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Title:  Representations of the dirac deltafunction 
Type of Resource:  Animação/simulação 
Objective:  The most rudimentary representation is a rectangular pulse: fn(x)=n for –(1/2n) ≤ x ≤ (1/2n). Then δ(x) = lim fn(x) when n→∞ as the rectangle becomes higher and narrower. The most commonly cited representation is based on the normalized Gaussian distribution (bellshaped curve): δ(x) = lim n→∞ n/(√(2π)) e^((n^2 x^2)/2). The limit n→∞ is equivalent to σ→∞, where σ is the standard deviation. Closely analogous is the Lorentzian representation: δ(x) = lim n→∞ (n/π)/(1+n^2x^2). The Lorentzian function is proportional to the derivative of the arctangent, shown as an inset. In the limit as n→∞, the arctangent approaches the unit step function (Heaviside function). Thus the deltafunction represents the derivative of a step function. In quantum mechanics, one frequently encounters the representation δ(x) = lim n→∞ (sin(nx))/(πx). The rapidly oscillating normalized sinc function gives an effective contribution of zero when x≠0 The Fourier series for the deltafunction contains unit contributions from all frequencies. A deltafunction is approached as the number of terms in the following expansion increases: δ(x) = lim n→∞ ∑e^(ikx) from k=n to n. This representation applies only in a neighborhood of the origin. More correctly, this Fourier series represents a delta comb function or shah function Ш(x2nπ)=∑δ(x2nπ) from n=∞to ∞ (after the Russian letter Ш) 
Abstract:  The "deltafunction" was invented by P. A. M. Dirac around 1930 in order to compactly express the completeness relation in quantum mechanics. (Essentially equivalent definitions appear in earlier works of Fourier, Kirchhoff, and Heaviside.) The deltafunction is the limit of a function that grows infinitely large in an infinitesimally small region, while its integral remains normalized to 1. The deltafunction is too singular to be considered a function in the usual sense. Mathematicians have, however, accepted it as a linear functional, a "generalized function", or "distribution". The deltafunction has computational significance only when it appears under an integral sign. Its defining relation can, in fact, be written ∫f(x)δ(x)dx from ∞ to ∞= f(0) or, more generally, ∫f(x)δ(xa)dx from ∞ to ∞= f(a). There are a number of representations of the deltafunction based on limits of a family of functions as some parameter approaches infinity (or zero). In this Demonstration, five of these representations are illustrated. You can select the parameter n to take values from 1 to 10, on its way toward infinity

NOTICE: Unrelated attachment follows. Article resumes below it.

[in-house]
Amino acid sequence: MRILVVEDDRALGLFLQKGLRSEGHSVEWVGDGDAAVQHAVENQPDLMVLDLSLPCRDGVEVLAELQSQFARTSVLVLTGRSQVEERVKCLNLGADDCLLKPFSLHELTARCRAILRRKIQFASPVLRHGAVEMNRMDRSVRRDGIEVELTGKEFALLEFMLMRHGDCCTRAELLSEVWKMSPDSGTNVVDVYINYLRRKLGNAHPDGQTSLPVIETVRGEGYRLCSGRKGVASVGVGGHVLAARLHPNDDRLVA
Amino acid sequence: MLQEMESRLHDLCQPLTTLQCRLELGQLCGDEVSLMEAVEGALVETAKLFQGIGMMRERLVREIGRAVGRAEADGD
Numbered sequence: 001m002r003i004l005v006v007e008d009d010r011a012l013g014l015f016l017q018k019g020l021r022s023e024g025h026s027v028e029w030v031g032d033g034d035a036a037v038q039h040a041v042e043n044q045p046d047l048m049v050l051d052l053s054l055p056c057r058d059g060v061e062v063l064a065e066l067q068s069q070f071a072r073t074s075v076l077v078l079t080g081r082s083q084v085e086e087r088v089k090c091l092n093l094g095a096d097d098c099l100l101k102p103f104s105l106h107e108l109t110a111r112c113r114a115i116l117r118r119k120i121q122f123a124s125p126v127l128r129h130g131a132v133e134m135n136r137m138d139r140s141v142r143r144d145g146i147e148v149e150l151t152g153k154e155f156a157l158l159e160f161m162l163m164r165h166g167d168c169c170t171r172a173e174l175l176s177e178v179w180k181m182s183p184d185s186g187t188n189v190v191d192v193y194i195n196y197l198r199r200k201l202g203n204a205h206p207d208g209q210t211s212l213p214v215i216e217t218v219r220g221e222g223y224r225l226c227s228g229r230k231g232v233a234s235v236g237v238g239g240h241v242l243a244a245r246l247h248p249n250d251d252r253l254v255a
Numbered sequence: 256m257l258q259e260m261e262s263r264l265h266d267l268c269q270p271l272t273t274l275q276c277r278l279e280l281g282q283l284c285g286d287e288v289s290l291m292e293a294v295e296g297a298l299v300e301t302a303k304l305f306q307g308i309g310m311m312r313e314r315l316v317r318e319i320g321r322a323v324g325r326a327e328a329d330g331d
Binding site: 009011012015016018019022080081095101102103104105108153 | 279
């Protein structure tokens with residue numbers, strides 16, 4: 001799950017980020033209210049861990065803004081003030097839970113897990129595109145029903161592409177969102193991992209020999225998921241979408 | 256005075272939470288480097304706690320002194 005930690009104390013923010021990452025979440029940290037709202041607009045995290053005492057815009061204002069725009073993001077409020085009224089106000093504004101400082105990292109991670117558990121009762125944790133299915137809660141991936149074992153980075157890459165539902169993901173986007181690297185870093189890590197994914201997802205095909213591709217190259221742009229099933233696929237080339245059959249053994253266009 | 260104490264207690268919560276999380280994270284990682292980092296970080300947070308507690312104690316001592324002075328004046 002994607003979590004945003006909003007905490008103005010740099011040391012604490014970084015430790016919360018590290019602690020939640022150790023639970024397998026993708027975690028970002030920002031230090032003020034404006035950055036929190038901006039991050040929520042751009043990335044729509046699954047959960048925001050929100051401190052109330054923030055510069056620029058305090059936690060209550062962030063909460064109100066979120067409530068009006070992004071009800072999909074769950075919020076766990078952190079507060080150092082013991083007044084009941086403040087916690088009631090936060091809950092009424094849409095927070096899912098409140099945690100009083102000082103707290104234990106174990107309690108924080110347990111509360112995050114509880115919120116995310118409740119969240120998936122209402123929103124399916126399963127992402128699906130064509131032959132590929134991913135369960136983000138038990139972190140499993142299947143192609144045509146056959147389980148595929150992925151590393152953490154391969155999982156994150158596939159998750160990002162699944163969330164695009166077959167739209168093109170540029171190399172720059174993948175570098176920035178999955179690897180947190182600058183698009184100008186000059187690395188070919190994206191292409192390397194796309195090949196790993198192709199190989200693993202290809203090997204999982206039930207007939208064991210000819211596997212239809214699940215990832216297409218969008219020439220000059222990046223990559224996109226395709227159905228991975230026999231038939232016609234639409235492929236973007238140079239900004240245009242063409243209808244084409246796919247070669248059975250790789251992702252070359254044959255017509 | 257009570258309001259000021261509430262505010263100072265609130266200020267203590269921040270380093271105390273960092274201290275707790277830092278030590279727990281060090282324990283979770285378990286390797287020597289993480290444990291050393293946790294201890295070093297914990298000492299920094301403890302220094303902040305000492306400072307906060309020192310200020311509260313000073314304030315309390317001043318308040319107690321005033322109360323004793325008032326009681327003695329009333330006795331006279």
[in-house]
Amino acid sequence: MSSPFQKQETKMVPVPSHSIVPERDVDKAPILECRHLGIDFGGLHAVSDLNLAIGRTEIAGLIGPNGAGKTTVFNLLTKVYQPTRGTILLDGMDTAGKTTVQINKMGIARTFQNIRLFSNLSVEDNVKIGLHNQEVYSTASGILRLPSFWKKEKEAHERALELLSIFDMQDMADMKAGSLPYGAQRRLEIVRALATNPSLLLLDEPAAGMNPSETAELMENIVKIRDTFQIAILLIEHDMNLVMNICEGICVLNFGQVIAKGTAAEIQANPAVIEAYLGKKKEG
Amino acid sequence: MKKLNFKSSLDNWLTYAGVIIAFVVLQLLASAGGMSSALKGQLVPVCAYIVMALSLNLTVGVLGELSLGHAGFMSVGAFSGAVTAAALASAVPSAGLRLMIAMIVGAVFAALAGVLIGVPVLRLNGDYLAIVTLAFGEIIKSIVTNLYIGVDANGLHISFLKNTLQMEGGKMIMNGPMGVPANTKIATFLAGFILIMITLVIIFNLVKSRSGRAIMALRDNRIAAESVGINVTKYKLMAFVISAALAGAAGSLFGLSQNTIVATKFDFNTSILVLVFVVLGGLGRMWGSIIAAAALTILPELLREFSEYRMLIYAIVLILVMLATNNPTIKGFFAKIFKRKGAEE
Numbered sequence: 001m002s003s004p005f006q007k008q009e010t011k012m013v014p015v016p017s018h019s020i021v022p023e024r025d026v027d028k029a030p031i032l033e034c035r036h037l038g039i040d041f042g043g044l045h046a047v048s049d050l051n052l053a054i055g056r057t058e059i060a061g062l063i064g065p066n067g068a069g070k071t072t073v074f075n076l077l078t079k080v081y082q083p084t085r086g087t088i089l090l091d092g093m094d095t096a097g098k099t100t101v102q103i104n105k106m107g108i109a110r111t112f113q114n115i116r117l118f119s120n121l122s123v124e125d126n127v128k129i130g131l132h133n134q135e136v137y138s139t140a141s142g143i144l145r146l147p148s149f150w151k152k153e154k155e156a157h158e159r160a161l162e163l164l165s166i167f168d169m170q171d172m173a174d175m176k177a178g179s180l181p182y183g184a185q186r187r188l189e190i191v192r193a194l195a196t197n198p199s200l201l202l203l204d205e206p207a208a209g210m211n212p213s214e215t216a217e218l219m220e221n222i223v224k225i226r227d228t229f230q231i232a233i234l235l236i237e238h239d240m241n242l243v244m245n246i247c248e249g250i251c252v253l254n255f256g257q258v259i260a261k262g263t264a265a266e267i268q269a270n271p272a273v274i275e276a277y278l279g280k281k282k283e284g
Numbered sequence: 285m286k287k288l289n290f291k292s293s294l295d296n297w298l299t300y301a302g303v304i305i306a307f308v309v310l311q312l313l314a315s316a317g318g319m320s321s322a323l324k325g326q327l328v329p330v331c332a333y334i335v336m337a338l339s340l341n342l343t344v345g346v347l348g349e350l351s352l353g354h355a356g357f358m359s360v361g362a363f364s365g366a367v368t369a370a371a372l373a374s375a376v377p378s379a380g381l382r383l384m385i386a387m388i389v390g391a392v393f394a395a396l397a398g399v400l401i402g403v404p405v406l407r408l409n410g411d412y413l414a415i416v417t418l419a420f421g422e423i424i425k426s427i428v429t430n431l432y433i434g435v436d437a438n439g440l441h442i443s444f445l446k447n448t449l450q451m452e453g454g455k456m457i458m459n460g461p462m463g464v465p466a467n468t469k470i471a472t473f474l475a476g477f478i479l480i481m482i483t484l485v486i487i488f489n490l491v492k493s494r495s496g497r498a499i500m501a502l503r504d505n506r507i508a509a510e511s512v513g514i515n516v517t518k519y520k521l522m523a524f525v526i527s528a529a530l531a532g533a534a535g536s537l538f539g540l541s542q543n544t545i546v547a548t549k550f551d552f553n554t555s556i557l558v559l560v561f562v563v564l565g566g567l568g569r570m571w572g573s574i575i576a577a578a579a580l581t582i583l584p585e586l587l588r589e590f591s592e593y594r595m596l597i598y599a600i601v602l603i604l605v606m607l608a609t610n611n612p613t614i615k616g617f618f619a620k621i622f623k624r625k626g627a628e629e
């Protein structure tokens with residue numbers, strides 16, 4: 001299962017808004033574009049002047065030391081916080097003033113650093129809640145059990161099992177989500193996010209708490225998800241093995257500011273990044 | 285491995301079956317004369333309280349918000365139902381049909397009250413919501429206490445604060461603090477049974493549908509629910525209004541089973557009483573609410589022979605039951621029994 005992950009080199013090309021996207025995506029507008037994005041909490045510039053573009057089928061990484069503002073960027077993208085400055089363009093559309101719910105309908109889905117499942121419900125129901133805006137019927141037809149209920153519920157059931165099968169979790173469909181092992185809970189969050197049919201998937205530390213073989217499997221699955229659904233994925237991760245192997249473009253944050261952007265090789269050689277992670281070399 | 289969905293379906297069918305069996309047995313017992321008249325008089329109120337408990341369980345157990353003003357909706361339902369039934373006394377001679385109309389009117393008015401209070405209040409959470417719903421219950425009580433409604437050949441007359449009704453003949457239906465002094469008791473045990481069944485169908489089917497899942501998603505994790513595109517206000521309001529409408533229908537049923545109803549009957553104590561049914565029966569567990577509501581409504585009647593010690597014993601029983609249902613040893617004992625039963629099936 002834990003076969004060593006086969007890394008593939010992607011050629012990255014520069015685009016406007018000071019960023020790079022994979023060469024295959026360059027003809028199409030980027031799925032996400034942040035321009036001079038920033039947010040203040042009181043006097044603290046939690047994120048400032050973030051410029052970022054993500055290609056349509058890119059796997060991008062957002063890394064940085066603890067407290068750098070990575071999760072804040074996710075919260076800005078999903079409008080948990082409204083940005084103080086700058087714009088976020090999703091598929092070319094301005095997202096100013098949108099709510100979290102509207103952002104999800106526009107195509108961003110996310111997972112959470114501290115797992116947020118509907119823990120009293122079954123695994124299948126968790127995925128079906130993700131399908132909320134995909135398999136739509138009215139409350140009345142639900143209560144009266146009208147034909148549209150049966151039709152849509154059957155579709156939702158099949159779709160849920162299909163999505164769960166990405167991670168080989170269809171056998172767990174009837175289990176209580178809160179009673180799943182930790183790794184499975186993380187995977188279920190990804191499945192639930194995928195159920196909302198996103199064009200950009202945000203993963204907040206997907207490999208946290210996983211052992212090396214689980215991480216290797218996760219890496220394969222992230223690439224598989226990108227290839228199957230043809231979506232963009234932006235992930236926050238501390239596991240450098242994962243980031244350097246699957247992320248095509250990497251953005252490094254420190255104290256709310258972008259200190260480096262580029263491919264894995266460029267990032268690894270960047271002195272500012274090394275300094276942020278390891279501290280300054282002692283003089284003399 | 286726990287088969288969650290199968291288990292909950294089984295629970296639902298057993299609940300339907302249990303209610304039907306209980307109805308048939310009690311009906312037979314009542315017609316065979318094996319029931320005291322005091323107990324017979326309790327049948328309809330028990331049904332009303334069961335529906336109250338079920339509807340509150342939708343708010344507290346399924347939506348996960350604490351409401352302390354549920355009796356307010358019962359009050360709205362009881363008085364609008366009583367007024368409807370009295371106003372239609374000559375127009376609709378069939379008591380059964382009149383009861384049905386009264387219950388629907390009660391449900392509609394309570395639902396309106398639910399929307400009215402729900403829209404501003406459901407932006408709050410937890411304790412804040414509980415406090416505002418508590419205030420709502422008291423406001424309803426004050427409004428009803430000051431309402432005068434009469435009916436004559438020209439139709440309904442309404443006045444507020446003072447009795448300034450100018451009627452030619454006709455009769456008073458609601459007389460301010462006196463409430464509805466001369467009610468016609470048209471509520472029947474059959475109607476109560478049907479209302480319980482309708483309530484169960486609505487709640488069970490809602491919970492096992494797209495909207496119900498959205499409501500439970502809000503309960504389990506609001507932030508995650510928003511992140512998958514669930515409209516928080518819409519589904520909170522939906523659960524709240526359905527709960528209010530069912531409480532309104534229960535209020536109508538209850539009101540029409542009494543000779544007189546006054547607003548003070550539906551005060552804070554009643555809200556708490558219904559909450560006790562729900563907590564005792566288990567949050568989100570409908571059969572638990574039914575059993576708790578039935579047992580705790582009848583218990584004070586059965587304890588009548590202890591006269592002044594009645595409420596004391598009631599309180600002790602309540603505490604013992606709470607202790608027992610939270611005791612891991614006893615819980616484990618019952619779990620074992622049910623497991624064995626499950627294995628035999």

Observation:  This demonstration needs the "MathematicaPlayer.exe" to run. Found in http://objetoseducacionais2.mec.gov.br/handle/mec/4737 
Curriculum Component:  Educação Superior::Ciências Exatas e da Terra::Matemática 
Theme:  Educação Superior::Ciências Exatas e da Terra::Matemática::Equações Diferenciais Funcionais 
Author:  Blinder, S. M. 
Language:  English (en) 
Country:  United States (us) 
Publisher:  Wolfram Demonstration Project 
Description:  limit of a function, integral, Dirac Deltafunction 
Web Address:  http://demonstrations.wolfram.com/RepresentationsOfTheDiracDeltafunction/ 
Date:  2008 
Rightsholder:  The Wolfram Demonstrations Project & Contributors 
License:  Demonstration freeware using Mathematica Player 
Submitter:  Universidade Federal de São Carlos (UFSCAR) 
URI:  http://objetoseducacionais2.mec.gov.br/handle/mec/7992 
This Educational Object appears in the following Types of resources:  Educação Superior: Ciências Exatas e da Terra: Matemática: Animações/Simulações